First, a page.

17th April 2018
Following MJ Marshall's thoughts on the political implications of Mark Zuckerberg's Capitol Hill testimony, Grayling senior vice president, Peggy Carlton considers how he fared in broader communication terms.
In the days before Mark Zuckerberg, founder and CEO of Facebook, was to testify on Capitol Hill about the Cambridge Analytica scandal, it was reported by many media outlets that he was preparing for his testimony as though he were a candidate getting ready for a presidential debate. And it showed.
For many, the only pre-testimony reference point they may have had of him is the portrayal of him as an entitled, boy-tech genius from the movie “The Social Network.” Although viewers had a field-day comparing him to a robot on Twitter – my particular favorite was the comparison to Data from “Star Trek the Next Generation” – overall, Mark Zuckerberg seemed to have done his job with Capitol Hill, Wall Street and Main Street. In fact, much of the post-testimony coverage focused less on the actual issue of the data breach and Cambridge Analytica and more about Zuckerberg’s performance and how Facebook’s stock increased to $165.04 during the testimony, up 4.5 percent from when the Cambridge Analytica story first broke in March.
So what did he do right?
He Was Respectful
For the guy who normally exclusively wears grey T-shirts, Zuckerberg wore a conservative dark suit and light-blue tie and was very polite to the panel, calling each panelist by their title. He never became irritable or snarky, even after close to 600 questions were asked. In fact, despite some awkward and grilling questioning, he kept the same tone throughout the five-plus hours on his first day of testimony.
He Was Patient
He was patient, even when some questions bordered on complete ignorance about how social media platforms actually work. In one exchange, Senator Brian Schatz asked, “when I email on What’s App (a mobile messaging platform that Facebook owns), can Facebook see them?” Zuckerberg, at first looked in disbelief at the question, but went on to answer that WhatsApp messages that are encrypted. In this exchange, Zuckerberg came across as patient and humble. Twitter and Facebook users of course had endless memes about the senators asking questions that illustrated their unfamiliarity with Facebook and other social platforms.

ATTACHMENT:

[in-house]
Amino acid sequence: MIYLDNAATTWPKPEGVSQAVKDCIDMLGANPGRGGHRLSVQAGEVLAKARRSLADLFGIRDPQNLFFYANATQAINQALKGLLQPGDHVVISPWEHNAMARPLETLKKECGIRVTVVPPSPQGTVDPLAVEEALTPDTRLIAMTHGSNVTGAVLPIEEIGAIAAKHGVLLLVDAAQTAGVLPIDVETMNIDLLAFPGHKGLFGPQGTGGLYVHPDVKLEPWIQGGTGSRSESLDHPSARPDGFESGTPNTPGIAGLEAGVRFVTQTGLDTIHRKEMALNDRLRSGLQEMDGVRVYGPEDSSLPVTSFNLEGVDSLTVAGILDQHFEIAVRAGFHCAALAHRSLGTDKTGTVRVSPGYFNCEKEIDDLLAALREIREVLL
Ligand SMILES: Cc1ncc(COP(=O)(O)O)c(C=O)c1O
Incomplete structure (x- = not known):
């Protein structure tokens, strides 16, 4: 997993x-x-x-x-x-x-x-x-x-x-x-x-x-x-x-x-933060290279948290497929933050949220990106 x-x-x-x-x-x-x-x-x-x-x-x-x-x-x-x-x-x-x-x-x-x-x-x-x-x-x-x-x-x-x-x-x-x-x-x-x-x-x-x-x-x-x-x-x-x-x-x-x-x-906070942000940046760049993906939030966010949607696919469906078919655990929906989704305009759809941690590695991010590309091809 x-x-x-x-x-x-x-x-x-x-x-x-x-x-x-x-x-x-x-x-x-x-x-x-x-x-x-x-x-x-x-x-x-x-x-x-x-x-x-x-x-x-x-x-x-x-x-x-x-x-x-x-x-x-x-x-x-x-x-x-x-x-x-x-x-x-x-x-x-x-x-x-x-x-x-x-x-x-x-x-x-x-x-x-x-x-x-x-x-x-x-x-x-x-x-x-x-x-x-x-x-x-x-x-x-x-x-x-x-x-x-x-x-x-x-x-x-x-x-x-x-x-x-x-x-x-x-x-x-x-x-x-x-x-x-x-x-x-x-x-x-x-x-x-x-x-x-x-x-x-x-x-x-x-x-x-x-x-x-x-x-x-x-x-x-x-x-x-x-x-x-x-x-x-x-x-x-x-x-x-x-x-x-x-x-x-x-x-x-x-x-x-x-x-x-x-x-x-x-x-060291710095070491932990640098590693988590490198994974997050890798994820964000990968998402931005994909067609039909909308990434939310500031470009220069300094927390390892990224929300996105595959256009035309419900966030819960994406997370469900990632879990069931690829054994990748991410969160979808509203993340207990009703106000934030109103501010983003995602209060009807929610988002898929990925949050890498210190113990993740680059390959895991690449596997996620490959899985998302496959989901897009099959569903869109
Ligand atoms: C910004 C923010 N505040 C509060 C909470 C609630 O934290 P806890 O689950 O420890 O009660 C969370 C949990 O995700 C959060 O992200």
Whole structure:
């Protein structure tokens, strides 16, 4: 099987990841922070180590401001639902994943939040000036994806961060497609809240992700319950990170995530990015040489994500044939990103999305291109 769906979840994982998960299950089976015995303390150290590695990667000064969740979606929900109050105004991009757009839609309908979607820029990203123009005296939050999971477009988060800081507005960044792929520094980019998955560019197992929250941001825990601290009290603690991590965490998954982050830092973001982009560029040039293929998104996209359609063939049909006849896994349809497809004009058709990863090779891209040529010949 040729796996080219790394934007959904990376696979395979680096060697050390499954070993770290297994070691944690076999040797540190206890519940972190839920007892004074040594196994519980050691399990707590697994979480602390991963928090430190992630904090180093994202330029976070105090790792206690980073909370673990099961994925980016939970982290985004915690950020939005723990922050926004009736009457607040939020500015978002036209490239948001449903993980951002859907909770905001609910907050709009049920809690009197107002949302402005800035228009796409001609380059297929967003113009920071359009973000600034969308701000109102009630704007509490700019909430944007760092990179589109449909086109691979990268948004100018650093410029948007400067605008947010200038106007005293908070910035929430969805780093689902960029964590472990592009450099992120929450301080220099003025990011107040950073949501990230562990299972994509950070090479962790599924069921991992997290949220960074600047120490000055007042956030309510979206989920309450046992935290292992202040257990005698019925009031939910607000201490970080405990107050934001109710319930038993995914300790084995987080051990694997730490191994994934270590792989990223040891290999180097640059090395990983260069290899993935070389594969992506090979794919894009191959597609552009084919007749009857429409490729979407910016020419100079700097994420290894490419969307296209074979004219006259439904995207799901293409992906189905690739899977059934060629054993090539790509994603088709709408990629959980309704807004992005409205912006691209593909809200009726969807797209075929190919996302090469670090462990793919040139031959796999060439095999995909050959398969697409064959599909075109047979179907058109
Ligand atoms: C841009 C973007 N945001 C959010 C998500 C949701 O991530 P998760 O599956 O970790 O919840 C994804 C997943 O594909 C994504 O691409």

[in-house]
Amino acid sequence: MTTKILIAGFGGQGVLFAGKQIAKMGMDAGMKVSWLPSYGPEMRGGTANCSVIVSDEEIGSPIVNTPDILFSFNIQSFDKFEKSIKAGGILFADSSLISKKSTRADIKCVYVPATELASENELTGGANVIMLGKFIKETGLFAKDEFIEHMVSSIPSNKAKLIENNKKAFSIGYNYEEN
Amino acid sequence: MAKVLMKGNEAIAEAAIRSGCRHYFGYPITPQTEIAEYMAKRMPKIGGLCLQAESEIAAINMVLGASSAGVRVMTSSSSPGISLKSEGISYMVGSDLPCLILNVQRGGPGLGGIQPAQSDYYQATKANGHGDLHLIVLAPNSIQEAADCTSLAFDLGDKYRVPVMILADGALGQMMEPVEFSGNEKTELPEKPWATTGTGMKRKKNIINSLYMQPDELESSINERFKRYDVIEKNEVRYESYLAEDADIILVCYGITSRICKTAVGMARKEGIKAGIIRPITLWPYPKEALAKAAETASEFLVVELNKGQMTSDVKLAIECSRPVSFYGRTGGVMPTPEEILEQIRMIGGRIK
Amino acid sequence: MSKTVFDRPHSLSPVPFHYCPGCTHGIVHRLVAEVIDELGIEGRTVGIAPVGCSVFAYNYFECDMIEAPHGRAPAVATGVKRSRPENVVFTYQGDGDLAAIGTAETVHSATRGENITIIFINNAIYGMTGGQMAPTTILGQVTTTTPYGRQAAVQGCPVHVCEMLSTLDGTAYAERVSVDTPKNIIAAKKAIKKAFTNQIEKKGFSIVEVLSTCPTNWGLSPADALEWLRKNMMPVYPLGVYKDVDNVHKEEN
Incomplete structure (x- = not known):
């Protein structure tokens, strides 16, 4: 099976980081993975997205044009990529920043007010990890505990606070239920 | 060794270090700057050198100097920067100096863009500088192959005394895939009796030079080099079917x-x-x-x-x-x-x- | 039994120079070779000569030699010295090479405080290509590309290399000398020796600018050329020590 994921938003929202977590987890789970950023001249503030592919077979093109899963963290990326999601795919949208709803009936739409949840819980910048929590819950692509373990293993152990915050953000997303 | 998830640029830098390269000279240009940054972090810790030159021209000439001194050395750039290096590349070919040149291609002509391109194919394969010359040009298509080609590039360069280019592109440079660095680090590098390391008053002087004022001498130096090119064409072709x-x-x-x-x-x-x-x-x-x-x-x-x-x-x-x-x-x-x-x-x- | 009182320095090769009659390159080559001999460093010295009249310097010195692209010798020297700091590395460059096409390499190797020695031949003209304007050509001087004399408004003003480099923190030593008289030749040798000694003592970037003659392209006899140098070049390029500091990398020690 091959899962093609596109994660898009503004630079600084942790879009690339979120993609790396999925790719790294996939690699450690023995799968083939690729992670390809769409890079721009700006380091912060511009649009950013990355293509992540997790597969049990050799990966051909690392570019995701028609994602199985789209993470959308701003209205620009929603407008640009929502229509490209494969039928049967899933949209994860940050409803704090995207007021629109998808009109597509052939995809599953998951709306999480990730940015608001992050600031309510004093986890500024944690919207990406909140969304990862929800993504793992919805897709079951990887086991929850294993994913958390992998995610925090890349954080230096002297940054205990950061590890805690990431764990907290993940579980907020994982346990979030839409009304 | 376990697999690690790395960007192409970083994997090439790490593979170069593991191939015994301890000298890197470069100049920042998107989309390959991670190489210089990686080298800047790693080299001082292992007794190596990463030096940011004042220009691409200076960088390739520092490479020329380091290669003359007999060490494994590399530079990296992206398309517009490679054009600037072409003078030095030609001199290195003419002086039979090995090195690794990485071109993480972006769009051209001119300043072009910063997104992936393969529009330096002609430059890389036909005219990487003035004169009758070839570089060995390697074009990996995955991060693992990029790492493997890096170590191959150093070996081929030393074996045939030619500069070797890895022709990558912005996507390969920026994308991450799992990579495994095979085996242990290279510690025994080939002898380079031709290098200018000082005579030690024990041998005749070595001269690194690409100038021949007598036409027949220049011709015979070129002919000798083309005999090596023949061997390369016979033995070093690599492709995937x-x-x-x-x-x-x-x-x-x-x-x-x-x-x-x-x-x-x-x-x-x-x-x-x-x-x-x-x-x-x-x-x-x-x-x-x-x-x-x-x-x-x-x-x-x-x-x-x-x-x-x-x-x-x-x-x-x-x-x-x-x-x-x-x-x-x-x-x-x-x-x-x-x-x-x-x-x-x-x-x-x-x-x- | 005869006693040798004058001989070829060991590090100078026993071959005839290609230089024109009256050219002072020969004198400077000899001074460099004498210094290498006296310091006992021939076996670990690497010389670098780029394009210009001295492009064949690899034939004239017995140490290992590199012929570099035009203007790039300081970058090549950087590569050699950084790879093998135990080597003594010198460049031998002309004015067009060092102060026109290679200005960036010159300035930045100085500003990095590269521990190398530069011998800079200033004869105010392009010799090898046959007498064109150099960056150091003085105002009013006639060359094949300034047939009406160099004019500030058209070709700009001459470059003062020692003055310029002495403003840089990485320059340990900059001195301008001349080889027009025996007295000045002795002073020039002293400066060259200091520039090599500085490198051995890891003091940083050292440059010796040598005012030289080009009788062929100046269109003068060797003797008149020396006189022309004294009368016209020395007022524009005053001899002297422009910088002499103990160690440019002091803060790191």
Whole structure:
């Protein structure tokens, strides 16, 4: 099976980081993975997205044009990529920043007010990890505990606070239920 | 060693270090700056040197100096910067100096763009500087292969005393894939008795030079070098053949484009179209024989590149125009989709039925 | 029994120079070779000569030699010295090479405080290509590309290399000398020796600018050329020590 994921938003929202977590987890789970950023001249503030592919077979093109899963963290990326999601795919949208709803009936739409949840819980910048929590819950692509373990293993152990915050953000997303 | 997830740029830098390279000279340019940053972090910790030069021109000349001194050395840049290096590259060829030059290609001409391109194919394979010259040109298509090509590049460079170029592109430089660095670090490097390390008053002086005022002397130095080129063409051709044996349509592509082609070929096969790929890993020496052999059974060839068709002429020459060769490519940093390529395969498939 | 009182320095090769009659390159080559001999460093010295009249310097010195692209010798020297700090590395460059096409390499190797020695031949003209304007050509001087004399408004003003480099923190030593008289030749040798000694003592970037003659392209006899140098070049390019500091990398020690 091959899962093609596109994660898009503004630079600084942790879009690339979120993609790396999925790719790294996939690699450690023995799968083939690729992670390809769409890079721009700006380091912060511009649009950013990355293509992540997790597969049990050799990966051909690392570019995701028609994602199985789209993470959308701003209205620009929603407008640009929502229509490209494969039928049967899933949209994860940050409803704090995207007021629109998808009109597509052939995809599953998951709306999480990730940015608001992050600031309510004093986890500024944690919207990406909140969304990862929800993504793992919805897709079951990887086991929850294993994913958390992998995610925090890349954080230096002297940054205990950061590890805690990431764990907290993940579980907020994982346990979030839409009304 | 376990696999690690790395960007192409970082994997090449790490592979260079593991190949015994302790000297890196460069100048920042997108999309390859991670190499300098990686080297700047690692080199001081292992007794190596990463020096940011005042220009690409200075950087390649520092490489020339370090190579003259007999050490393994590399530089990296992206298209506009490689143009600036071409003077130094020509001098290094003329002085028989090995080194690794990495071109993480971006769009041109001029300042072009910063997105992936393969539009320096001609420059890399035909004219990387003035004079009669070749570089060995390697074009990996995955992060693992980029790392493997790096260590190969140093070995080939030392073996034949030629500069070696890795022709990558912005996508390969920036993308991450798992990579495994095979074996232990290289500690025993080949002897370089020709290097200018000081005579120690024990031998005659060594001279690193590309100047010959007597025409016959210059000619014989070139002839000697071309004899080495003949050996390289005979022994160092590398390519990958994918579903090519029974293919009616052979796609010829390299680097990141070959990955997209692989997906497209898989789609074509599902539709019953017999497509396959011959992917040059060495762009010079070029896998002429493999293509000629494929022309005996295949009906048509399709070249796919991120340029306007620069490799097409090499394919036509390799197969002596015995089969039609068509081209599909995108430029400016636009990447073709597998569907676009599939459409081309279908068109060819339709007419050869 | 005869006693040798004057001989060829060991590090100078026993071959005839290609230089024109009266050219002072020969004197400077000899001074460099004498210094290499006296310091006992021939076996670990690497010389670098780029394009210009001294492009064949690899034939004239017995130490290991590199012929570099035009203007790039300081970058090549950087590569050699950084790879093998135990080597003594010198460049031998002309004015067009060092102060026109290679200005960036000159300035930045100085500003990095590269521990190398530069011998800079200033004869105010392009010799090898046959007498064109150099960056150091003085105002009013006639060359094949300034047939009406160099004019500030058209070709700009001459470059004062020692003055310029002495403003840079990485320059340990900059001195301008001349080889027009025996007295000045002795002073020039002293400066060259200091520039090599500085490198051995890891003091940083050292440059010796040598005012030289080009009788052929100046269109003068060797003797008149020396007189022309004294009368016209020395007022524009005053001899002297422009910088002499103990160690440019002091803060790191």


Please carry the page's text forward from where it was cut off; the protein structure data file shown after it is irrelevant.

He Steered Away From “No Comment”
While it would have been appropriate to say “no comment,” as is his right, if he didn’t know or want to answer, or the answer was too complex, he typically said some variation of: "This is an important question. My team will get back to you on that.” What that does is show at least a willingness to answer, even if he didn’t actually answer some questions there and then.
There were some questions though that Zuckerberg had trouble answering, though. Sen Lindsey Graham asked Zuckerberg if Facebook has a monopoly. “If I buy a Ford and it doesn’t work well and I don’t like it, I can buy a Chevy,” Graham said during Tuesday’s hearing. “If I’m upset with Facebook, what’s the equivalent product that I can go sign up for?”
Zuckerberg couldn’t come up with an answer because essentially there is no other service exactly like Facebook. He tried to say that other platforms may overlap or offer pieces of what Facebook does.
Overall, Mark Zuckerberg gave a solid performance for what was two days of nonstop questions relating to privacy, user data, and government regulations and how to move forward. The saving grace for Facebook is, despite being at the center of this maelstrom of data privacy, there is actually a ‘villain’ in this story. While Facebook does not appear to have done enough to protect user data, it is Cambridge Analytica, a political data firm hired by President Trump’s 2016 election campaign, among others, which improperly used that data.
While he was robotic at times, and Facebook will ultimately face government regulations to better protect the privacy of its users, all Zuckerberg really needed to do was to come across as apologetic and cooperative, and on this he delivered. And yes, he also showed he is human, too.
Peggy Carlton is a senior vice president with Grayling New York.
17th July 2018
Remember when the last big wave of tech revolution came? Were you by the shore? In case you weren’t, let me tell you what happened. It was 2009 and it so became that every imaginable question could...Read More
16th July 2018
Grayling’s Jon Meakin reflects on what happens when personal and corporate brands collide. Full disclosure: Up until a few years ago, Grayling represented Papa John’s in the UK. We did some great...Read More
3rd July 2018
So what exactly is dark social, and is it something brand managers need to be considering when devising their campaign plans? Quite simply, dark social is content sharing that takes place on private...Read More